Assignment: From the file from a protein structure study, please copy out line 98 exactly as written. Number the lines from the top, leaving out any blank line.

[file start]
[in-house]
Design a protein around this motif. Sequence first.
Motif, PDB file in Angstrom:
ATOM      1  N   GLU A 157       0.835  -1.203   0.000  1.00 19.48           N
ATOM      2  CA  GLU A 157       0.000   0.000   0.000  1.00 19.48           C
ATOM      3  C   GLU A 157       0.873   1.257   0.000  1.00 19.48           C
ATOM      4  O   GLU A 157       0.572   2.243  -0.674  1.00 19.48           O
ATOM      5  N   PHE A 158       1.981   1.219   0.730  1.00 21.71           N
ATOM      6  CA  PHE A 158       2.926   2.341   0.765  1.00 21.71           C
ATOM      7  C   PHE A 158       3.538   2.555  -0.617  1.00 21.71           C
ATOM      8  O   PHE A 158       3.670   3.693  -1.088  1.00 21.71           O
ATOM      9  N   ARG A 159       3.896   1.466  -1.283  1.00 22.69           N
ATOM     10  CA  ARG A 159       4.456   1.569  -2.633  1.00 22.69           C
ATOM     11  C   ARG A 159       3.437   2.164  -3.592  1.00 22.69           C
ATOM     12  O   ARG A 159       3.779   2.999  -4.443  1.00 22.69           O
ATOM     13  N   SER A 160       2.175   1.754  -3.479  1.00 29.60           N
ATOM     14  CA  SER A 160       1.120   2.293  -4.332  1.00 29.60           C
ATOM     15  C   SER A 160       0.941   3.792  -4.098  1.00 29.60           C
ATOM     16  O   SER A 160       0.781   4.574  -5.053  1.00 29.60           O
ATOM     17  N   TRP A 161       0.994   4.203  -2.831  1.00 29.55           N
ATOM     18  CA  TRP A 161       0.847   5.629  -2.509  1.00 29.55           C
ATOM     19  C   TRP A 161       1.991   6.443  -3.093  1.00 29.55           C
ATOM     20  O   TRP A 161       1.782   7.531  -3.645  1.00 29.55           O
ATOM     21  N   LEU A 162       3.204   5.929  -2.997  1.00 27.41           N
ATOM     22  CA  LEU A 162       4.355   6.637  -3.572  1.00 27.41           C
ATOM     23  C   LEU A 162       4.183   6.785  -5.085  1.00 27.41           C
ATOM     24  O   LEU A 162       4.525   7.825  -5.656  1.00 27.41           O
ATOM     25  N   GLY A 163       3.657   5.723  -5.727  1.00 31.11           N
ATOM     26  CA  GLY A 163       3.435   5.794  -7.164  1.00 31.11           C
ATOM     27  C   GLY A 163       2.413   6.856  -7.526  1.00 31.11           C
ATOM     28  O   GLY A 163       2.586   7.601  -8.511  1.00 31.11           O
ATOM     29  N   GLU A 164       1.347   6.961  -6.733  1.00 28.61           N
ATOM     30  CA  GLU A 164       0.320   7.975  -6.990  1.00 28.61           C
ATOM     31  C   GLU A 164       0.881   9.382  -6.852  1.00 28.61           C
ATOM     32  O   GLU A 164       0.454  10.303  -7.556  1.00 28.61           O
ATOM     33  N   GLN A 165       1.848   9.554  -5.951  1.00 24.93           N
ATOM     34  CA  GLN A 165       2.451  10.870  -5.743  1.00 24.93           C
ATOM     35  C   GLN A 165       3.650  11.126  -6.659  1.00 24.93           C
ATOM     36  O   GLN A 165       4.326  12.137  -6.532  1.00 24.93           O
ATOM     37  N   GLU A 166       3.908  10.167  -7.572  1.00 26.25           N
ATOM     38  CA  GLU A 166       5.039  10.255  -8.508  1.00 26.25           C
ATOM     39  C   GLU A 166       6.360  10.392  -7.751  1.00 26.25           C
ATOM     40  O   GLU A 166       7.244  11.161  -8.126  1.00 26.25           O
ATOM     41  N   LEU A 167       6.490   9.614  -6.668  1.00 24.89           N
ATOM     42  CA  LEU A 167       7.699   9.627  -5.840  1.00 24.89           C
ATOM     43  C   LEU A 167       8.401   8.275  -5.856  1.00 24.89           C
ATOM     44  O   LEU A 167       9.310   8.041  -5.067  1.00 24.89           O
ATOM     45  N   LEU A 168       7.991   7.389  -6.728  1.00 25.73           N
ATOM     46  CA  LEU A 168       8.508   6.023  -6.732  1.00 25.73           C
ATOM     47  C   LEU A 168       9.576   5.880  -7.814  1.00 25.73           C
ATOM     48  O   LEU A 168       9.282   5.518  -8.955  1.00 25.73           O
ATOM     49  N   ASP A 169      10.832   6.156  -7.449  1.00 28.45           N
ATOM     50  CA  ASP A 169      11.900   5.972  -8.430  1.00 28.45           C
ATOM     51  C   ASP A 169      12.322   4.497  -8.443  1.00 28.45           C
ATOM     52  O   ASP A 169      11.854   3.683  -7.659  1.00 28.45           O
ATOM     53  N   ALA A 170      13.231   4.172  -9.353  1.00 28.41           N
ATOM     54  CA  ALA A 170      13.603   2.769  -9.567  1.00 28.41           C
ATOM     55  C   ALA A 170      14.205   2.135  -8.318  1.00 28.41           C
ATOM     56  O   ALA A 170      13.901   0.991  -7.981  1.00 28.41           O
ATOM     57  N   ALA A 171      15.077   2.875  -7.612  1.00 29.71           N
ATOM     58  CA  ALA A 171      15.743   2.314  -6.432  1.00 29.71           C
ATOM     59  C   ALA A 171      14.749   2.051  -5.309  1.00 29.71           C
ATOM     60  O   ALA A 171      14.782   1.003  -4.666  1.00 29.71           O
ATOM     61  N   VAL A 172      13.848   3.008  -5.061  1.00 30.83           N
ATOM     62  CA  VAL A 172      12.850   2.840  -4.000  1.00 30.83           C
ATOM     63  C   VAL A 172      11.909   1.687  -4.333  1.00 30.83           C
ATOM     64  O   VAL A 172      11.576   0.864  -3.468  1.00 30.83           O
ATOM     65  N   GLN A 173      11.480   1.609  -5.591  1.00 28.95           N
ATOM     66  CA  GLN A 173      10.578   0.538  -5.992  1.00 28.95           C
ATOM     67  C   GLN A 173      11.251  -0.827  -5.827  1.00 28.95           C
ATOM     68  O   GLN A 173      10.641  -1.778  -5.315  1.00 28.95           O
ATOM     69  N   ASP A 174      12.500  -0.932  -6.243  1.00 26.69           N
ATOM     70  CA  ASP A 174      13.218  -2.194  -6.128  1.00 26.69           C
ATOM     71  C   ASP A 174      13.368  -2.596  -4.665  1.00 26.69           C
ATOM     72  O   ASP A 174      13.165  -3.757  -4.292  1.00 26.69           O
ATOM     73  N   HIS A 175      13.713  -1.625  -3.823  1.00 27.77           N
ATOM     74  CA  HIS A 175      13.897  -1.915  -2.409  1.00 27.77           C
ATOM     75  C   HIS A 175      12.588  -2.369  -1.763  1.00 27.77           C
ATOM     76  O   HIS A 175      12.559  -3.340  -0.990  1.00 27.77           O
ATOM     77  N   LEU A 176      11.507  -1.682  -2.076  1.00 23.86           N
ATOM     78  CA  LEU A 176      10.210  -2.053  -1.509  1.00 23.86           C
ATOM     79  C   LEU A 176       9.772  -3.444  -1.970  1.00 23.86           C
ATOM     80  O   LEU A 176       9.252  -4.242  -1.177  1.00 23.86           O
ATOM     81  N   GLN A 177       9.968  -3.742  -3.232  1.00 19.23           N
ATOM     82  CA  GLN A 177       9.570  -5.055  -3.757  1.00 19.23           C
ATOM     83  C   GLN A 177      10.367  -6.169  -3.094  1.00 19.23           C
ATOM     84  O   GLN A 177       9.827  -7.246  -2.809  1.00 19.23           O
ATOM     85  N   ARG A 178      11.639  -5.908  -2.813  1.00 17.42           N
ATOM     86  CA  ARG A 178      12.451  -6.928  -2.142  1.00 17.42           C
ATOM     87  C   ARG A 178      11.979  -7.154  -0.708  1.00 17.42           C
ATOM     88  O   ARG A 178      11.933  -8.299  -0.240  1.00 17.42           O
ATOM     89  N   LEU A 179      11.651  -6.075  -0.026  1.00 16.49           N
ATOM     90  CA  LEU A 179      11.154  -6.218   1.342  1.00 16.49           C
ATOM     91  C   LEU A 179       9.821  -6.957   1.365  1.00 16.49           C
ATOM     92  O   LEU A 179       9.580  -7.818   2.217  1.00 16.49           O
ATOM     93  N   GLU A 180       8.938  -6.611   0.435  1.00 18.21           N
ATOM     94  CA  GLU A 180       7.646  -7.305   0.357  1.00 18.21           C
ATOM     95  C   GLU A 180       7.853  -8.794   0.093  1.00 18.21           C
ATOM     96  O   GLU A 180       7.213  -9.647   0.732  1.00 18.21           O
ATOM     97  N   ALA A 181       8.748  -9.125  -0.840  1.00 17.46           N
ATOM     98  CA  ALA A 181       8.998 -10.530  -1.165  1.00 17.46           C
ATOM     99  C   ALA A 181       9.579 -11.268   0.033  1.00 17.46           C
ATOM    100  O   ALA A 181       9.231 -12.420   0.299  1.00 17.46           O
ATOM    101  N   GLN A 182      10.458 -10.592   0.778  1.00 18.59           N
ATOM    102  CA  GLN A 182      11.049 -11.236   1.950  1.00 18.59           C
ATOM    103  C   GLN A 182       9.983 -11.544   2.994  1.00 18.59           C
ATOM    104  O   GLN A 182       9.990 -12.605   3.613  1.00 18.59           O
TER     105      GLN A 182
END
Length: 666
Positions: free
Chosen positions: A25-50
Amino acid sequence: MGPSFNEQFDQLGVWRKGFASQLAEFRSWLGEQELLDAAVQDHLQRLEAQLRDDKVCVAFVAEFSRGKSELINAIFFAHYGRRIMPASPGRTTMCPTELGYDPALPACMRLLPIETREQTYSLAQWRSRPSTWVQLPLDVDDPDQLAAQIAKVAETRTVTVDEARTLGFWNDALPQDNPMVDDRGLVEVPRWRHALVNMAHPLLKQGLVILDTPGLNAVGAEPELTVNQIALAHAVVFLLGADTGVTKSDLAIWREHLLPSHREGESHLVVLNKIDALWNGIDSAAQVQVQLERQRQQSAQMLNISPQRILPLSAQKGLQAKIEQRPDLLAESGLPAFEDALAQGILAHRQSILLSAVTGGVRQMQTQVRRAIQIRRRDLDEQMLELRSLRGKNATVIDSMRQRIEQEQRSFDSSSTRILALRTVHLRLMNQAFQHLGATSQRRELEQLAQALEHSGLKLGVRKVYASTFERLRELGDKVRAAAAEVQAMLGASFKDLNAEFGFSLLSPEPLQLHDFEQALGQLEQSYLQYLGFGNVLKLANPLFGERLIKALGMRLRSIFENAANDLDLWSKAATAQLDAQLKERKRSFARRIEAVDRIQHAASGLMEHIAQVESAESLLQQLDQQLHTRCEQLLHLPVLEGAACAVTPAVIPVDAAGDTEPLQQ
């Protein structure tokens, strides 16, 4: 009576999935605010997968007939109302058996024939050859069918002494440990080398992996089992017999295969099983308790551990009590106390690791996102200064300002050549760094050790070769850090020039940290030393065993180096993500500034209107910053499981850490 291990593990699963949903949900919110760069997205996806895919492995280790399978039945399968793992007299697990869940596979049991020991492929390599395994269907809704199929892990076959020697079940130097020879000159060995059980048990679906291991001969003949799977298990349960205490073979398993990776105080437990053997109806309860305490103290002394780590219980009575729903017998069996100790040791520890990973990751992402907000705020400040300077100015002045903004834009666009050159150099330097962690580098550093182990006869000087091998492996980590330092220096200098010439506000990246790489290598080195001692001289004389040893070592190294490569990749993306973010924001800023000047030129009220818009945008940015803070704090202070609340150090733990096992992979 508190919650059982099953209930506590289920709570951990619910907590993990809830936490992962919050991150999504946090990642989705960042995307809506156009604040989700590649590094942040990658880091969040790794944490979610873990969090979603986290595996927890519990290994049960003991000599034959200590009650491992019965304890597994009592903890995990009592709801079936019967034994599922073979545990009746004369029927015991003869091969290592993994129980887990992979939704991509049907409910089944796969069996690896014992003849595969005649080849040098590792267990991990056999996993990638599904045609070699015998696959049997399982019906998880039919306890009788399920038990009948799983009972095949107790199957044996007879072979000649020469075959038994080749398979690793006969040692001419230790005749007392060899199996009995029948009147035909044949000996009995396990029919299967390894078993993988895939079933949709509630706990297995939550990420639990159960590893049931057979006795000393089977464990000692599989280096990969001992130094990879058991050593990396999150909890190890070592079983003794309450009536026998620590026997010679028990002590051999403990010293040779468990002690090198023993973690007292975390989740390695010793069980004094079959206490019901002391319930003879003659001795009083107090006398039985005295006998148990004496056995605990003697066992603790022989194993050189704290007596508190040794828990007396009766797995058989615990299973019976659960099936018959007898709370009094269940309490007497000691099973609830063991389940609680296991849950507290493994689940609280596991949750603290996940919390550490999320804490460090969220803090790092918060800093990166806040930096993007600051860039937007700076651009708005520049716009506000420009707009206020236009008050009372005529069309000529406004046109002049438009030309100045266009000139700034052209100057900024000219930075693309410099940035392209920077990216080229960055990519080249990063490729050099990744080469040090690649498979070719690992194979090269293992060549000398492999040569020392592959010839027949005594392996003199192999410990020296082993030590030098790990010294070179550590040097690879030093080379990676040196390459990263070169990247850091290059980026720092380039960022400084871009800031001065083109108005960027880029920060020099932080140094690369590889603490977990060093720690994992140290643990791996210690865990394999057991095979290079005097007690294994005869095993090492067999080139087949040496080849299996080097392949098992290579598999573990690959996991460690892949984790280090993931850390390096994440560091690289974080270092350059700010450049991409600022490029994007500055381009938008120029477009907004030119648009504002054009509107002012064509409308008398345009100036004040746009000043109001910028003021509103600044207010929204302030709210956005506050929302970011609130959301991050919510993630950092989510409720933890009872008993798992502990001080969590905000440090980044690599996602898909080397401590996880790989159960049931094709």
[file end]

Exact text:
ATOM     95  C   GLU A 180       7.853  -8.794   0.093  1.00 18.21           C